When an earthquake in Haiti killed about 250,000 people and left many more homeless, photographer Daniel Morel was there. To mark the anniversary and acknowledge how people are still struggling, he's opened an exhibition on the capital's streets.
On the day before the fifth anniversary of Haiti's horrific earthquake, the photojournalist Daniel Morel sits at a battered plywood table in a cinder-block (also known as breeze-block) yard off the Boulevard Jean Jacques Dessalines in Port-au-Prince, surrounded by stacks of photos.
This is a bitterly poor district of dusty, winding alleys and tin-roofed shacks, an inner-city favela, really. Down the block, in the middle of the street, a large burning pile of tyres spews a thick, pulsating cloud of acrid black smoke into the hot Caribbean sky, indicating that anti-government demonstrations, which have been growing in intensity since October, recently passed this way. Haiti is in the middle of yet another political crisis.
But in the tidy courtyard belonging to Atis Rezistans, a community collective of artists who make fantastic sculptures out of the discarded metal, tyres and car parts of their neighbourhood, the cinderblock walls are lined with clean sheets of plywood, painted black. At one end hangs an enormous 3m by 4m mural print of two anguished and screaming men, carrying a third.
On the adjacent walls are dozens of images depicting the hellish chaos in the immediate aftermath of the earthquake: pancaked buildings, smoke and flames, the distraught cement-streaked faces of survivors, desperately working to extract friends from the rubble.
At 63, Morel, with wild salt-and-pepper dreadlocks sprouting in multiple directions from his head, is mounting a major photography exhibition in the neighbourhood.
He was in this same courtyard five years ago, when the ground started to shake. "It was like a wave, going up and down, up and down," he says. "At first I didn't know what it was - there was a terrifying noise, but at the same time the earth was moving."
In the devastated Grand Rue, Morel was the sole representative of the world's press, surrounded by confusion, smoke, fear, and a flowing river of traumatized Haitians.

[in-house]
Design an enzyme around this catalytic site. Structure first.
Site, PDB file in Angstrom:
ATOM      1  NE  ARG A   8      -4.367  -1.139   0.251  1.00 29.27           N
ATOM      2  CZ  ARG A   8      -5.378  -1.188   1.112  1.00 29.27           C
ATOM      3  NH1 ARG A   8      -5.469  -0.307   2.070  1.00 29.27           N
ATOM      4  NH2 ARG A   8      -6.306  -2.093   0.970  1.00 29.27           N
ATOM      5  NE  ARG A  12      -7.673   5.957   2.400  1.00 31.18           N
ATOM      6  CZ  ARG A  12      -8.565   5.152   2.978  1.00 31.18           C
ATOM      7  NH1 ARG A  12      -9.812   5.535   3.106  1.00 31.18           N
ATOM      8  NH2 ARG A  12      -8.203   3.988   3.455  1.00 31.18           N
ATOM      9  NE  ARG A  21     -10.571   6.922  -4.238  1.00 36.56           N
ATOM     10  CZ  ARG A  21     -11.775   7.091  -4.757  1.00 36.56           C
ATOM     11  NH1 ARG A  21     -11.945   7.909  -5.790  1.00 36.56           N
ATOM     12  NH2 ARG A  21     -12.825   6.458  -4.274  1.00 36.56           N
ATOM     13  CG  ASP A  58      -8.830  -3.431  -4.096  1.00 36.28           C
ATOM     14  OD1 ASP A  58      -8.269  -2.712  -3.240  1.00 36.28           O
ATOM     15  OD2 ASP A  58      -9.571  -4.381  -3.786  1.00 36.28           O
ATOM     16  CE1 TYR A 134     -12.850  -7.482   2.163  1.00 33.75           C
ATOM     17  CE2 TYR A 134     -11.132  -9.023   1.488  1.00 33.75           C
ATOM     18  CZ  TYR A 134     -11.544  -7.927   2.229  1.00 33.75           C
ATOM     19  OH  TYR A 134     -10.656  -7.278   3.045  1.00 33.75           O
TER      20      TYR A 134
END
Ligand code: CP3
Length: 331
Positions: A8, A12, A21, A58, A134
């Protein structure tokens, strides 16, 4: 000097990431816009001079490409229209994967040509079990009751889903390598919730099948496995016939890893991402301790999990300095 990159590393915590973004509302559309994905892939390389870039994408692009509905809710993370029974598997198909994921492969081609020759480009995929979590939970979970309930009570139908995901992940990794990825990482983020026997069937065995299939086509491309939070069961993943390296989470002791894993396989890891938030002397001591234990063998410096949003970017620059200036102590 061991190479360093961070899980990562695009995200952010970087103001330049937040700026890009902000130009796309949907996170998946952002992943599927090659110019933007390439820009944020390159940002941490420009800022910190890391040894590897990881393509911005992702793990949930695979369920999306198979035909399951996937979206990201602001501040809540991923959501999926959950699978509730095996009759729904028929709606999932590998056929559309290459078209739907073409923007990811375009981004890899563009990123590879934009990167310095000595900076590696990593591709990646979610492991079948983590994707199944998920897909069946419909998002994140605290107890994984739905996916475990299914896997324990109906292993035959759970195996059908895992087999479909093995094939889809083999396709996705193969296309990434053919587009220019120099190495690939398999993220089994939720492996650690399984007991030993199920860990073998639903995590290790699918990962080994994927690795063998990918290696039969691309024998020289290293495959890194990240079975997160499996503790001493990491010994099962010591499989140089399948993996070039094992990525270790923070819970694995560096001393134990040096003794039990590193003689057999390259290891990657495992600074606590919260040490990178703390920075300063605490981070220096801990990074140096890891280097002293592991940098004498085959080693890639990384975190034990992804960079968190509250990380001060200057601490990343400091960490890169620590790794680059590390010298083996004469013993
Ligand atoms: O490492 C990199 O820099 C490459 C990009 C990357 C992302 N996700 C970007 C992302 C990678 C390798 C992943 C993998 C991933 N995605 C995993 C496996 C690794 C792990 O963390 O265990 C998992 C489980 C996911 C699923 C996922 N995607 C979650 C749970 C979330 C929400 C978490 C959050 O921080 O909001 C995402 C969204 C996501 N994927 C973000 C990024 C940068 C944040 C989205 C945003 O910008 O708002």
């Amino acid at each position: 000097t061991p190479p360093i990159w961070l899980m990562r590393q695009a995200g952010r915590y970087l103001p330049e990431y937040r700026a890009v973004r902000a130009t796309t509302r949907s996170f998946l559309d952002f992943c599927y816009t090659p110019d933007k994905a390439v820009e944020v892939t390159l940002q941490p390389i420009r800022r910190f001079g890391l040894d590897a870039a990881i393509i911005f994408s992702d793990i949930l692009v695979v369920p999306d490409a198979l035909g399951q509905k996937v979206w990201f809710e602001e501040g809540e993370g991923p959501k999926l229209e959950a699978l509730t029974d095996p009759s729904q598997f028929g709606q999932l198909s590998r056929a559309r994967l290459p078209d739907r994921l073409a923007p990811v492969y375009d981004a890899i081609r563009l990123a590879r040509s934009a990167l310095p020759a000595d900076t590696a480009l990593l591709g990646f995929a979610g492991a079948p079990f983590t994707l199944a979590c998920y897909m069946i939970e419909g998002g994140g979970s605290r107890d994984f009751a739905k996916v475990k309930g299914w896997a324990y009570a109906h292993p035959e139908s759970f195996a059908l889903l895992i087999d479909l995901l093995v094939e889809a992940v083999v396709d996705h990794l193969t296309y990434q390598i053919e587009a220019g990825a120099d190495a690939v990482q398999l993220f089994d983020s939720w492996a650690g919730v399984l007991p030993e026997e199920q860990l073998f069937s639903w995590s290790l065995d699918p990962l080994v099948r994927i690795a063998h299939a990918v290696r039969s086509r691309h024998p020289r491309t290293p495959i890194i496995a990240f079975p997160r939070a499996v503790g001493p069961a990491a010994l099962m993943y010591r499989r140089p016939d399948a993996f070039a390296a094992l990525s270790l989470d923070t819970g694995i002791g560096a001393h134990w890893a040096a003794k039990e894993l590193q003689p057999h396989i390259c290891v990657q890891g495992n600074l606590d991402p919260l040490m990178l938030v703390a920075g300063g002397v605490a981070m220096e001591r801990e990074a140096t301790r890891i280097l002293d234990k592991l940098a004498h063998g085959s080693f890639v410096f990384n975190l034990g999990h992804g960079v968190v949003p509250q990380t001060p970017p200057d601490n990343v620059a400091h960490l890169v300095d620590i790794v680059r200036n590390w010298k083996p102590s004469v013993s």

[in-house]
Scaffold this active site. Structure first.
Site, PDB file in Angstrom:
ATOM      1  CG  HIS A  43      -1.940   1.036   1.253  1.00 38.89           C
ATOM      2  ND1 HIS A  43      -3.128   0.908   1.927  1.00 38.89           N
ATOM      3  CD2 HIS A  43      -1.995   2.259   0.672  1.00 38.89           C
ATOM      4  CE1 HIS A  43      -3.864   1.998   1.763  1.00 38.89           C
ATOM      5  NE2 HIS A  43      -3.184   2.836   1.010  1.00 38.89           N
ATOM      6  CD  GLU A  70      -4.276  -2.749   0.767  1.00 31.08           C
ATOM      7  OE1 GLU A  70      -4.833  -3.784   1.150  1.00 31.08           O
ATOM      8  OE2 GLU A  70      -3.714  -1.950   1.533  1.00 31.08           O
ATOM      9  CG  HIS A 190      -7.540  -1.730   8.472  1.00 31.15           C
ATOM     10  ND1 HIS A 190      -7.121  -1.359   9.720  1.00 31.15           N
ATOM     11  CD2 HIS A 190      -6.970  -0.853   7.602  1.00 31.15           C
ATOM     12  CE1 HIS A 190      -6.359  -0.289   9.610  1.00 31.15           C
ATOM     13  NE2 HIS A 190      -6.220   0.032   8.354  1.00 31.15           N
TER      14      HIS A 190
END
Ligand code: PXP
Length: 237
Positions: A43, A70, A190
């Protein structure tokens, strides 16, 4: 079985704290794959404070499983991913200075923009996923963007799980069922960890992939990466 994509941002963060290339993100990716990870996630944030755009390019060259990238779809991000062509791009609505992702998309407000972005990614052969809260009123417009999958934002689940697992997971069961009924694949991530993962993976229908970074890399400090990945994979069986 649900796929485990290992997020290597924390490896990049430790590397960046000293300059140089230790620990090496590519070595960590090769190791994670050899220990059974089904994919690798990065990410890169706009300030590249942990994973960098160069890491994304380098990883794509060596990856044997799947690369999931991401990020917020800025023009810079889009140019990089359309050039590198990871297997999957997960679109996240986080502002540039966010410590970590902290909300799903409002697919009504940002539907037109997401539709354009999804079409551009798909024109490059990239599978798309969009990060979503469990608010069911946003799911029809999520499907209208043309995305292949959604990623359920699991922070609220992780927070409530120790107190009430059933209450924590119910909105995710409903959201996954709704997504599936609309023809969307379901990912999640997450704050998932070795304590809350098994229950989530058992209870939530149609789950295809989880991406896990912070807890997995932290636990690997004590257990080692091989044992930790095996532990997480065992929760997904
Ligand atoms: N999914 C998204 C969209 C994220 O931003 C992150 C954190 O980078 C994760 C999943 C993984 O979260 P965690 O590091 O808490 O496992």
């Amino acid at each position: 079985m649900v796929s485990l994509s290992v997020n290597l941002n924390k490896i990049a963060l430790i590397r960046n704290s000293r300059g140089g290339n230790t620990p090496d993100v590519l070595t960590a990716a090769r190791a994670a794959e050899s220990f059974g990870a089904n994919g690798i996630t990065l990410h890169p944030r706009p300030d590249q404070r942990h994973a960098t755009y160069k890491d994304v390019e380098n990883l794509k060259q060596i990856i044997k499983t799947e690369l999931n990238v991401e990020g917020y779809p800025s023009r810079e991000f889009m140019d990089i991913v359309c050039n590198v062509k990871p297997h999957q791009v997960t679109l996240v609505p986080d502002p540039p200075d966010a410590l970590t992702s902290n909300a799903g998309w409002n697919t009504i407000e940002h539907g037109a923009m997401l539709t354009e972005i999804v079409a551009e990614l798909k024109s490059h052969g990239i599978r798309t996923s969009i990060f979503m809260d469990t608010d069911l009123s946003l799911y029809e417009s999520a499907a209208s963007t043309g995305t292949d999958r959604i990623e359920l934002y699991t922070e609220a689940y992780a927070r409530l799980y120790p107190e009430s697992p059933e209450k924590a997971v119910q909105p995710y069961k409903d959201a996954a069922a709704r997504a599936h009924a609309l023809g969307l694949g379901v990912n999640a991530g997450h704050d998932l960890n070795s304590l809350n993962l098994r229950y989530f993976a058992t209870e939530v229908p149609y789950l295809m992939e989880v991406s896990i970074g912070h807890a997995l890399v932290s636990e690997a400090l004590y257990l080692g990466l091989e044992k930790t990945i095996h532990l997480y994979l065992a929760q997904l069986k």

The pictures he took in the hour before sunset became the most famous, and also notorious, of his 30-year career. The next day they appeared on the covers of newspapers around the globe, but only after they had been stolen off the internet and distributed without Morel's permission.
On a walk through downtown Port-au-Prince today it is hard to see much impact from the vast sums that were donated by people all over the world, via flashing banner ads posted on the websites of big NGOs, begging for help for Haiti, promoting the urgent need.
There are the same reeking, garbage-clogged canals and fetid piles of organic refuse, the same lack of basic services that make life for residents of the Grand Rue and areas like it a brutal, constant struggle for life and dignity.
"Where is all the money?" Morel asks me, rhetorically. So often it is spent without including the Haitians who are meant to benefit, and without involving them in questions vital to their own destiny. The way Morel's images were taken from him seems to me like a kind of a metaphor for the shortcomings of the international aid machine, and one reason he put the show on here - "for the Haitian people," as he puts it.
Many of those who came to Morel's opening had never been to a photography exhibition before, and they stood transfixed, pointing out friends and neighbours they recognized in the images, discussing wounds and injuries, and reflecting on those they had lost.
The courtyard quickly filled with people, and at 16:53, the precise moment of the earthquake, Morel called for a minute of silent remembrance. It was an exercise in historical memory, cathartic rather than mournful.
The photos glittered on the wall, and even the gutters of the Grand Rue in front of the entrance had been swept and tidied. "I hope my people open their eyes," Morel said. "Foreigners cannot change their lives, they have to change their own lives."
Later, asked how he thought it had gone, he told a story.
"The other day, I was sitting here when I saw a shoeshine man walk in and look at those photos, with so much interest, it was like a dream come true. Because in Haiti, he is the lowest category of human being. It's the worst work you can do in this society. Can you imagine, you have to carry a box, you walk for miles and miles to make $2 or $1?
"When I saw that guy walk in here, first of all he knew he had the right to come here, freely, to look at those pictures. That guy carried his shoeshine box in here to look. I tell you, seeing that was worth everything I did."
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